* Log Cabin Chronicles Ricky Blue's column Help Montreal golfers keep it green - don't let the airport pave it over

Ricky Blue's Other Life
Ricky Blue
Ricky Blue
is a Montreal-based humorist, singer, and writer. He and partner George Bowser are the famous Bowser and Blue comedy act. Here's his bio from their Bowser and Blue website.

Ricky Blue was born in Liverpool, England, but raised in Maine, New Jersey, and Toronto. He has an MA in English from Concordia University. He has been involved in bands and media music in Montreal for over twenty years. In 1981 he won an international 'Clio' award for excellence in advertising.

He once appeared on television naked.

His life had no real meaning, however, until he began to play with Bowser and Blue. Rick plays guitar, mandolin, and harmonica, and sings in a rather pleasant baritone when George will let him.

His columns are archived here

Posted 07.17.06


Help Montreal golfers keep it green - don't let the airport pave it over

Canadian demographer David Foot has pointed out that golf is one of the best investments you can make in the leisure business.

With the enormous baby boom reaching 60, this activity is poised to become ever more important. And because golf courses are enormous parks, human green spaces, you would think that the West Island, home to so many baby boomers, would protect them.

You would think that a public golf course would especially be considered as vital to the health and well-being of our human population as Angell Woods in Beaconsfield is to our wildlife population.

But as I spent a sunny summer day hitting balls with my friend Danny at Golf Dorval, a 36-hole public golf course which acts as a community centre and recreational mecca for many West Islanders, I found out that the physical welfare of these West Islanders is not a priority for Aéroports de Montreal or the City of Dorval.

I learned that because ADM plans new industrial developments that will result in an estimated $22 million a year in taxes, the City of Dorval has suddenly allowed the golf club's ninety-nine year lease to magically vanish. And now Danny and his golfing buddies are forced to fight to save their beloved course, and an activity that has provided them with fresh air and exercise for years.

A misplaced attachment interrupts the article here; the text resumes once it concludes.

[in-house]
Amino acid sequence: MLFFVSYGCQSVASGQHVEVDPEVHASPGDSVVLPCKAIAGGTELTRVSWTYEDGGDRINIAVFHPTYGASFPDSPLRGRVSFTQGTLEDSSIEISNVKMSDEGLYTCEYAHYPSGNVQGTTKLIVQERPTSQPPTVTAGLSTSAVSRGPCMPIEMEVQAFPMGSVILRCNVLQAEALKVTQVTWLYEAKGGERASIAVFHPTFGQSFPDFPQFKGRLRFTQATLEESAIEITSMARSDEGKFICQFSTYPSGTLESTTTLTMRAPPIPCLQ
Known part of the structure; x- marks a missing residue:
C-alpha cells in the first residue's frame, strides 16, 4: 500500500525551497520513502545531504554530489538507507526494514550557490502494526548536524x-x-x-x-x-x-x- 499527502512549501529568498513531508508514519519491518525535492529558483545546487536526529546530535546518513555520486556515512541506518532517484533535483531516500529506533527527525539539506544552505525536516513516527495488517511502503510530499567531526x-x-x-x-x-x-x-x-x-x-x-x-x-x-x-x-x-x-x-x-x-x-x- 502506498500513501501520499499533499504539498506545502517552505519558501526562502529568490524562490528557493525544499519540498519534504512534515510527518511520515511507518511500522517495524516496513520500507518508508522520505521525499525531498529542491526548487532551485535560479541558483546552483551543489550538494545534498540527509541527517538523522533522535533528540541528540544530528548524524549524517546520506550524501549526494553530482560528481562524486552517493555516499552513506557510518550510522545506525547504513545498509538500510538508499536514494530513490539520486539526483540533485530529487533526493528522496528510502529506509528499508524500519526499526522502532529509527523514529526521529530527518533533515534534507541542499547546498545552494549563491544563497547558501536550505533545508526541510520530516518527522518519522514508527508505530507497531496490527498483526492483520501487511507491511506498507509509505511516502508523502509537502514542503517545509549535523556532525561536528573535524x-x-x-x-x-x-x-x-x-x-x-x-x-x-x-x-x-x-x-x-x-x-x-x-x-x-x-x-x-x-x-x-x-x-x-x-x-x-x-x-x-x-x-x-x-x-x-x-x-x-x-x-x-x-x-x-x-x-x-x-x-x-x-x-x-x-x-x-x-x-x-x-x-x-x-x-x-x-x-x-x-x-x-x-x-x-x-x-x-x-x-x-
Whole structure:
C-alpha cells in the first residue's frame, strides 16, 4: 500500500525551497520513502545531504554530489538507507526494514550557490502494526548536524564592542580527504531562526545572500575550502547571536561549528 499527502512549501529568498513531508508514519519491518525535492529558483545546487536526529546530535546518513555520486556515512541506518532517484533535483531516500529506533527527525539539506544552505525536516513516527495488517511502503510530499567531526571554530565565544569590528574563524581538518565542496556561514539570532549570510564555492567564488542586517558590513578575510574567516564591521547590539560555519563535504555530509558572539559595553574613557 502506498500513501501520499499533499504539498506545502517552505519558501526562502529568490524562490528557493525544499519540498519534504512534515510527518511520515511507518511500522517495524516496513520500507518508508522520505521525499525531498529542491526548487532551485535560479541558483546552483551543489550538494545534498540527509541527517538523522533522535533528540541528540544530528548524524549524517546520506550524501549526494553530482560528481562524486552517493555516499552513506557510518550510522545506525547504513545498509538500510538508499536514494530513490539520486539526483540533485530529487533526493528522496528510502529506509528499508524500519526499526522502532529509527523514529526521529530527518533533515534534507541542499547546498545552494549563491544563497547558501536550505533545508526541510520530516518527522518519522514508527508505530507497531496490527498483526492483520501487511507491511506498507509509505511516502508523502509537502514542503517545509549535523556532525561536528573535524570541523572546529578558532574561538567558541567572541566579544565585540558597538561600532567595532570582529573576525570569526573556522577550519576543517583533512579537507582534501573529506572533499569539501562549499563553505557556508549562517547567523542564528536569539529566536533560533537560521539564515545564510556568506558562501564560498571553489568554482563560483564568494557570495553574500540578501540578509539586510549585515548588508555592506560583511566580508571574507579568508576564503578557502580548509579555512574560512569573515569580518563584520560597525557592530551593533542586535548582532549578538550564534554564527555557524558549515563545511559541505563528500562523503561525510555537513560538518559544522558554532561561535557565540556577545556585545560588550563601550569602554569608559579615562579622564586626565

Danny showed me men and women in their seventies still spry and fit because they come to play almost every day. He told me about the Future Links Program which is the largest youth golf program in Canada. And I saw for myself how active and beneficial this public golf course was for all ages in between.

There are over 60,000 rounds of golf played each year as well as another 40,000 users of the practice range.

Danny also showed me all the alternative undeveloped land nearby that is owned by the airport and could be used to satisfy its needs. In fact, Aéroports de Montreal owns the largest contiguous piece of real estate on the entire Island of Montreal.

So why unnecessarily destroy this human green space that West Islanders have built up over the last 25 years? Cannot health and recreation coexist with development and progress?

Why instead, does it seem that in a back room somewhere deals have been made, plans have been drawn up and large sums of money have changed hands, public be damned?

The president and CEO of Aéroports de Montréal has big plans for Trudeau International airport, including a 300 room hotel, a rapid train link to downtown and a new road bypassing the Dorval circle.

All this is welcome: but is it not real "progress" if it paves over the well being of local residents.

I would invite him to leave his private golf club in St. Bruno just once to play a round on this public course with Danny, and see first hand what a precious resource West Islanders will lose under his current plans. Perhaps he would be persuaded to do the right thing: to use other lands owned by the Aéroports de Montreal and spare the Dorval golf course.

Last weekend Golf Dorval held a tournament to raise funds to help stop the destruction of their course; their petition has close to 10,000 signatures.

If you want to help you can reach them at www.sosdorval.com.

Help save our greens!